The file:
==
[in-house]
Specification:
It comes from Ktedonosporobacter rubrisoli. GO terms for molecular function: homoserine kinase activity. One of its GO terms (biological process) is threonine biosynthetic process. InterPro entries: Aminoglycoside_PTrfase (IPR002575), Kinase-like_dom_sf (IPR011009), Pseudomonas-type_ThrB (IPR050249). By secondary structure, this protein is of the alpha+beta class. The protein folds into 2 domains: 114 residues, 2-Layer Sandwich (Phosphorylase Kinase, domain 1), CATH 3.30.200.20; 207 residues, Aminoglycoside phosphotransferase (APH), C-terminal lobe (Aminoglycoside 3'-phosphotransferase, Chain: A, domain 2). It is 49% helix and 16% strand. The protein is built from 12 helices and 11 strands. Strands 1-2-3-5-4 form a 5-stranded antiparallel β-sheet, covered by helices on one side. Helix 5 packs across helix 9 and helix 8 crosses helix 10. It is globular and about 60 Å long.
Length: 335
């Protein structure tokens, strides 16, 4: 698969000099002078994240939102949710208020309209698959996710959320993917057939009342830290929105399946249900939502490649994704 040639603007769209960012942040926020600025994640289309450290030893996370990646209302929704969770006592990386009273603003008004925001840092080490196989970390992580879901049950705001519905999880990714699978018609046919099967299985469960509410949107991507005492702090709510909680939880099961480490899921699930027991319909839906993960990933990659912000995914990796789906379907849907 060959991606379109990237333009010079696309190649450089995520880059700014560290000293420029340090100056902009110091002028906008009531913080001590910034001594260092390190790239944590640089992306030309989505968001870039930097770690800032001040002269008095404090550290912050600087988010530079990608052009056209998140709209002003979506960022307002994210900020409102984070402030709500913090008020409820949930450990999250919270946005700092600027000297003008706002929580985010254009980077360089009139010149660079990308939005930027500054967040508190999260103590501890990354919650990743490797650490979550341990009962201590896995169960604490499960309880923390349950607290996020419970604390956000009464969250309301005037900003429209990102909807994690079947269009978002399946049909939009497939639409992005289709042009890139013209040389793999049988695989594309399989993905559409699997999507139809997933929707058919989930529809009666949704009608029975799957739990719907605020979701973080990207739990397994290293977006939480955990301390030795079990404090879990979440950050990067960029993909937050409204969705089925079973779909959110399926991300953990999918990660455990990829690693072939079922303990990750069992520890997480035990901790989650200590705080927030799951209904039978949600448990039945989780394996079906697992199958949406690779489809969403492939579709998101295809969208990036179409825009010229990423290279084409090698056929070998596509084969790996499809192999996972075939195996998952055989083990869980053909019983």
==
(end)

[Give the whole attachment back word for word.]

[in-house]
Specification:
It comes from Ktedonosporobacter rubrisoli. GO terms for molecular function: homoserine kinase activity. One of its GO terms (biological process) is threonine biosynthetic process. InterPro entries: Aminoglycoside_PTrfase (IPR002575), Kinase-like_dom_sf (IPR011009), Pseudomonas-type_ThrB (IPR050249). By secondary structure, this protein is of the alpha+beta class. The protein folds into 2 domains: 114 residues, 2-Layer Sandwich (Phosphorylase Kinase, domain 1), CATH 3.30.200.20; 207 residues, Aminoglycoside phosphotransferase (APH), C-terminal lobe (Aminoglycoside 3'-phosphotransferase, Chain: A, domain 2). It is 49% helix and 16% strand. The protein is built from 12 helices and 11 strands. Strands 1-2-3-5-4 form a 5-stranded antiparallel β-sheet, covered by helices on one side. Helix 5 packs across helix 9 and helix 8 crosses helix 10. It is globular and about 60 Å long.
Length: 335
């Protein structure tokens, strides 16, 4: 698969000099002078994240939102949710208020309209698959996710959320993917057939009342830290929105399946249900939502490649994704 040639603007769209960012942040926020600025994640289309450290030893996370990646209302929704969770006592990386009273603003008004925001840092080490196989970390992580879901049950705001519905999880990714699978018609046919099967299985469960509410949107991507005492702090709510909680939880099961480490899921699930027991319909839906993960990933990659912000995914990796789906379907849907 060959991606379109990237333009010079696309190649450089995520880059700014560290000293420029340090100056902009110091002028906008009531913080001590910034001594260092390190790239944590640089992306030309989505968001870039930097770690800032001040002269008095404090550290912050600087988010530079990608052009056209998140709209002003979506960022307002994210900020409102984070402030709500913090008020409820949930450990999250919270946005700092600027000297003008706002929580985010254009980077360089009139010149660079990308939005930027500054967040508190999260103590501890990354919650990743490797650490979550341990009962201590896995169960604490499960309880923390349950607290996020419970604390956000009464969250309301005037900003429209990102909807994690079947269009978002399946049909939009497939639409992005289709042009890139013209040389793999049988695989594309399989993905559409699997999507139809997933929707058919989930529809009666949704009608029975799957739990719907605020979701973080990207739990397994290293977006939480955990301390030795079990404090879990979440950050990067960029993909937050409204969705089925079973779909959110399926991300953990999918990660455990990829690693072939079922303990990750069992520890997480035990901790989650200590705080927030799951209904039978949600448990039945989780394996079906697992199958949406690779489809969403492939579709998101295809969208990036179409825009010229990423290279084409090698056929070998596509084969790996499809192999996972075939195996998952055989083990869980053909019983």